Whilst in prison, the in-mates for the evening took part in a series of eye-opening and thought-provoking workshops which highlighted the realities and difficult choices many young people at risk face daily. Paul identified this was one part of the event that “cut him like a knife”.
The sheer bravery for past prison in-mates to come back into the facility to tell their stories, (many admitting that this would produce an amount of post-traumatic stress for them) was what really hit home.
Paul reflected on the experience…
“Many of our youth don’t often have a choice; they are part of a vicious cycle linked to drug addiction and poverty. As a whole our society has failed – prison teaches our youth to become better criminals, which is not positive. Prison is not a place for children.”
More than Beans
As part of the workshop, attendees got to hear from one past prison in-mate on how he has risen up against the “labels” that society created for him when coming home from prison as a young man to a small country community. There were no second chances given to him. Since then he created “More than just beans”, a coffee van that trains people to become professional baristas, helping break the cycle, giving them career options and hope of a life off the streets.
And, that’s also where Whitelion comes in. Whitelion is a charity that connects at-risk young people with the community to educate them to make positive and often life-changing choices through practical and effective support such as mentoring programs, education and employment.
Funds raised by the charity give young people a chance to turn their lives around – to develop the skills and confidence they need to contribute to the economy and connect with their community. They believe work and a sense of belonging will transform lives.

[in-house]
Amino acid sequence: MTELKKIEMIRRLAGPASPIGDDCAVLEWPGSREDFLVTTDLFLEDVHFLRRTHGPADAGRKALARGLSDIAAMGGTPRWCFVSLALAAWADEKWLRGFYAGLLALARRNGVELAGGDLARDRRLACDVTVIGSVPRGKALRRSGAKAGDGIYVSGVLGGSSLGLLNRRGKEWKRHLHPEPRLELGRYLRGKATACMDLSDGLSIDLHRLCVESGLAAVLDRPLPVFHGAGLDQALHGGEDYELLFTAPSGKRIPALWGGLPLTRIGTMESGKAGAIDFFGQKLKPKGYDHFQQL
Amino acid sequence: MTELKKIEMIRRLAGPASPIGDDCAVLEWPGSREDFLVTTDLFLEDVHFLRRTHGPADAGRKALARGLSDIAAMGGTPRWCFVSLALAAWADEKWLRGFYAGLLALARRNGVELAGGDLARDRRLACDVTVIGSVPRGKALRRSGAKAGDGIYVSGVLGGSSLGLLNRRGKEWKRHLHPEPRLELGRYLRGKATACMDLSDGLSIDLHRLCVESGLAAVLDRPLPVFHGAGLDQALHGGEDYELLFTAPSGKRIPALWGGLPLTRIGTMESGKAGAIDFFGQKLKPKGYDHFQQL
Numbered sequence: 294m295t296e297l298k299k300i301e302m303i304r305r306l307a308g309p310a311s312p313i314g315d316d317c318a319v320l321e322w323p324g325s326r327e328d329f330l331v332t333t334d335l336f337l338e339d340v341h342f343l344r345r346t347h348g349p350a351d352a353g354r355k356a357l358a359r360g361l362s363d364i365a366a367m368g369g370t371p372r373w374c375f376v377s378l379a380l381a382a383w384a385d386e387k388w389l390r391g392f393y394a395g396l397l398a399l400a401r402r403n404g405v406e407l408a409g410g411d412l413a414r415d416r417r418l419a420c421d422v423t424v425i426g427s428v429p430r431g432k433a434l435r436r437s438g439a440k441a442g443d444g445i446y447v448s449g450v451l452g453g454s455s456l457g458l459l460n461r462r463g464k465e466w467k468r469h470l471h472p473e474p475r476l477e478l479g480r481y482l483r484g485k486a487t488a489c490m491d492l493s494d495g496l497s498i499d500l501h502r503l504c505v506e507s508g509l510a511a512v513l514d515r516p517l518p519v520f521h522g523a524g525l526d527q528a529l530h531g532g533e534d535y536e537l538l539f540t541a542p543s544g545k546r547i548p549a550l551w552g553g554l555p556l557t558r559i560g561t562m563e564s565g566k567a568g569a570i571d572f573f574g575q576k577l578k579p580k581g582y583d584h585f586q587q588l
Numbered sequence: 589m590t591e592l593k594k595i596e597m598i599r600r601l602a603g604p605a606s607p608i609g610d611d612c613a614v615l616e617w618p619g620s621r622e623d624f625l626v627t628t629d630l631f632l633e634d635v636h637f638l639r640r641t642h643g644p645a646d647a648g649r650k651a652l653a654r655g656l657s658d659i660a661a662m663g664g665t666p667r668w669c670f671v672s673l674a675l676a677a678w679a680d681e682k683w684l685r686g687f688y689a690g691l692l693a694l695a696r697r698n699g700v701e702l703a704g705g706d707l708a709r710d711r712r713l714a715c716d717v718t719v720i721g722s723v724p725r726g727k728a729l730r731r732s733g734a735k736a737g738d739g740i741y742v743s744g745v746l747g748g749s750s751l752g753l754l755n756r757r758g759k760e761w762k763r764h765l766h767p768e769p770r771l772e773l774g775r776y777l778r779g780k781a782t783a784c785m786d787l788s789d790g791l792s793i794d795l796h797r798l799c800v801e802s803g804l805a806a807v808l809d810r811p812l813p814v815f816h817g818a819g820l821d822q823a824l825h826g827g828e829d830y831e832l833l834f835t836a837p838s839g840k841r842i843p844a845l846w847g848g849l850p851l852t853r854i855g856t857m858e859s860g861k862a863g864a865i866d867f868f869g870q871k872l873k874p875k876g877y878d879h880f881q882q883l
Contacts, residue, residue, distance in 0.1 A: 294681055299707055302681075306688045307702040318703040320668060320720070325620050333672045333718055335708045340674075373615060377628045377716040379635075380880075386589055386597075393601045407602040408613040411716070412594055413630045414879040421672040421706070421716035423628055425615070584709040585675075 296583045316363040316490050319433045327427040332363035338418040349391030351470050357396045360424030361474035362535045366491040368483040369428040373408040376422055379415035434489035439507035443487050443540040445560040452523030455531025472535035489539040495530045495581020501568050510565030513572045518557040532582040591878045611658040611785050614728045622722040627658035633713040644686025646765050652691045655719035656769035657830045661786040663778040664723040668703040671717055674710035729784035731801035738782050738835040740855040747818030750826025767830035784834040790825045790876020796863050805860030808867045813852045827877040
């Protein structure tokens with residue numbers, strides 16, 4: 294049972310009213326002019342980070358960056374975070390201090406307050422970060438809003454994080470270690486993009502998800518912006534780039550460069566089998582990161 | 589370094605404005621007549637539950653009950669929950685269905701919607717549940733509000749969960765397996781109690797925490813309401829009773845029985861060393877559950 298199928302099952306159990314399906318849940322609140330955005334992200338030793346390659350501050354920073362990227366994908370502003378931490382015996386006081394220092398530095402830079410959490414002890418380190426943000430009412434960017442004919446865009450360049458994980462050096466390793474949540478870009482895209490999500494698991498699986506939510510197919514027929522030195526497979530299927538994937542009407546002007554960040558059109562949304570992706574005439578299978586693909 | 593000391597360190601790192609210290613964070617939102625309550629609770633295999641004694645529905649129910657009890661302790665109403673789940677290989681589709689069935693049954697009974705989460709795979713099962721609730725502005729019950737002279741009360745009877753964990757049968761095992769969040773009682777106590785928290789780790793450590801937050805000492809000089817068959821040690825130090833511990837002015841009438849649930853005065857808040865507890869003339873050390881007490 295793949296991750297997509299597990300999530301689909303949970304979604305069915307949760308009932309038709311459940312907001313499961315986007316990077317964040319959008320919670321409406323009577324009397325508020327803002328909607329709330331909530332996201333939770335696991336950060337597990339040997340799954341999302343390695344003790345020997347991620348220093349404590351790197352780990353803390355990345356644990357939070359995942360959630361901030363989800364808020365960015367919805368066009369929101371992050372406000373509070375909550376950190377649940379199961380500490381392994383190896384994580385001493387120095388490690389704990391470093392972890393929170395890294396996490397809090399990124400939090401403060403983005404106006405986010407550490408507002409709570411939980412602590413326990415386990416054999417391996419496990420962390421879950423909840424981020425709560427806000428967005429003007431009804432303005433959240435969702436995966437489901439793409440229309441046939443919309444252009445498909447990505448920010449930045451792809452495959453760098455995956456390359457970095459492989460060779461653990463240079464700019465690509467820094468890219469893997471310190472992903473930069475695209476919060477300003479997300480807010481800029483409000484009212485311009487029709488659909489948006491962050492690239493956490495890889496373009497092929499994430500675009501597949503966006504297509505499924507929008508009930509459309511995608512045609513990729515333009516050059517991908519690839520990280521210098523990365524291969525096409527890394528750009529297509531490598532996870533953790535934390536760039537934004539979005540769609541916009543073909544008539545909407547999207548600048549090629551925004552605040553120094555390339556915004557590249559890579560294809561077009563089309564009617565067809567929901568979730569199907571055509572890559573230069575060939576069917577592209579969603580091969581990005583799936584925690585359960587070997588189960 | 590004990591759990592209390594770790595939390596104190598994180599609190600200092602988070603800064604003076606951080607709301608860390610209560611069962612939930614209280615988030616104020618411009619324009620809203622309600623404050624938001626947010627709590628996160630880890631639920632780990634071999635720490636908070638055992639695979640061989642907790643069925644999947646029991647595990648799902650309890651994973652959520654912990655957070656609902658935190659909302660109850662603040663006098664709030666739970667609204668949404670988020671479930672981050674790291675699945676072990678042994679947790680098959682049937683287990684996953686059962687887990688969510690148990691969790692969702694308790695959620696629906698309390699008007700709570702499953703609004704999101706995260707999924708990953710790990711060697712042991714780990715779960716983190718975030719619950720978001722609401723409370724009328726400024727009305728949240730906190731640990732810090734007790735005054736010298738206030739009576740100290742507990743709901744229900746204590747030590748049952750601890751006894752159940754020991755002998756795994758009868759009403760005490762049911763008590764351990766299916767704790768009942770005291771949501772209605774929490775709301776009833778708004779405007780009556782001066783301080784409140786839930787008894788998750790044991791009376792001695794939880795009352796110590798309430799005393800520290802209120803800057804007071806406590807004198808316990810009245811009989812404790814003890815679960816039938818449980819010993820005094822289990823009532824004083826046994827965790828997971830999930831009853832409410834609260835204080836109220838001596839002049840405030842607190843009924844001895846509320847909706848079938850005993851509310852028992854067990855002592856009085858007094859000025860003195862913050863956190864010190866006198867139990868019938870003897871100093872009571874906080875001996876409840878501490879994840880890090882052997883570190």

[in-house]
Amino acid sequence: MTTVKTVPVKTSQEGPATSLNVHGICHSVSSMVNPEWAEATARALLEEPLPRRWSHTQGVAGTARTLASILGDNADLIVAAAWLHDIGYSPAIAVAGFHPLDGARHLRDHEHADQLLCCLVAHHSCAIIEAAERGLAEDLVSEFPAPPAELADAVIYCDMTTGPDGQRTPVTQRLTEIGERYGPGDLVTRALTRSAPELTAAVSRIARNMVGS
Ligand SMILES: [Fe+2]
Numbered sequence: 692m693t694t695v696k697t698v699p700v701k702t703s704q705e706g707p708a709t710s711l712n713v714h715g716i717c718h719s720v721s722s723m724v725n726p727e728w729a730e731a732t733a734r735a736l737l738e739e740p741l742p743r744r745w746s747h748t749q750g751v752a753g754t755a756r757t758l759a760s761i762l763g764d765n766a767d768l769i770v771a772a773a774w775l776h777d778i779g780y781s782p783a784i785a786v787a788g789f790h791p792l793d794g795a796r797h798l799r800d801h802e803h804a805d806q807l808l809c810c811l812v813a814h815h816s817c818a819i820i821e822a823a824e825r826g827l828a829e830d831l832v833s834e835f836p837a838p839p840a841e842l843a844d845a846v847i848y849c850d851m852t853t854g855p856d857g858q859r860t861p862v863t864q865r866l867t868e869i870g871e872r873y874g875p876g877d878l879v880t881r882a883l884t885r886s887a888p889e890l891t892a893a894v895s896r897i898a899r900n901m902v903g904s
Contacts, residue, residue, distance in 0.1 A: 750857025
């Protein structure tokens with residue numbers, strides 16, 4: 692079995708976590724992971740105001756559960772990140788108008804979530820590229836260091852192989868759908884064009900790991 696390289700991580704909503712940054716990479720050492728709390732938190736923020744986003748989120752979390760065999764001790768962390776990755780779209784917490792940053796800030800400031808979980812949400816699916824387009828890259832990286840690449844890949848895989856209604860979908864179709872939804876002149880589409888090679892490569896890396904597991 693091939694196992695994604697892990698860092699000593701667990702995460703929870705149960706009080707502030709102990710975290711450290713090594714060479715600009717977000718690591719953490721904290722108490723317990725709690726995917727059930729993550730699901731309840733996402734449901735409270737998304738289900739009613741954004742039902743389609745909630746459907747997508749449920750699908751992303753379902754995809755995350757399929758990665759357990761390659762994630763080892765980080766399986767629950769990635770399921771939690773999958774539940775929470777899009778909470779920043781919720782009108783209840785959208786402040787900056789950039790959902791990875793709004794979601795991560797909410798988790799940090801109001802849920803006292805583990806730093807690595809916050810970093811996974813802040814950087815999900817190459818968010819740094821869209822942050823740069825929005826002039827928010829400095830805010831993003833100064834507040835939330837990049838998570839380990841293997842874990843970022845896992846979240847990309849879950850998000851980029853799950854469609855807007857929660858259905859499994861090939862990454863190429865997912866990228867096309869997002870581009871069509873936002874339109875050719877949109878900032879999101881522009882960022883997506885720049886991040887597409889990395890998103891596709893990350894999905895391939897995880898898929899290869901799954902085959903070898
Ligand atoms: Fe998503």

Verizon Media and CSR
After his jail experience, Paul has made a conscious decision to ensure Verizon Media is a part of change.
Verizon Media will open up entry-level roles in the company to create opportunities for employment and a support network to young people in need of a chance. Paul is also going to volunteer his time as a mentor and role model for the charity.
As a senior leader, Paul’s approach to management at Verizon Media is to coach and mentor along the way and to encourage staff to solve their own problems, which is the same approach he will take to mentoring with Whitelion.
“You can guide and advise; however, people have to fix themselves.”
This CSR experience has been life-changing for all those who participated in the event, and as a result of the outcomes, it will be life-changing for those in need too.
Listening to Paul reflect on this experience you couldn’t help but jump on board with his thoughts that it’s time we all stepped up to help those less fortunate than ourselves….
“When it comes to “fixing” social problems many of us think, ‘Society will sort that out. We have charities that exist for that and that’s what they should do’.
But WE are the society, every one of us needs to contribute (even just a little) to make a change.”Paul Sigaloff | Managing Director, Verizon Media
Charities, such as Whitelion need more funds, awareness and volunteers to beef up their efforts to make a lasting difference and that is where WE (that means you) can help.
To learn more about Whitelion – to donate or get involved go to: https://www.whitelion.asn.au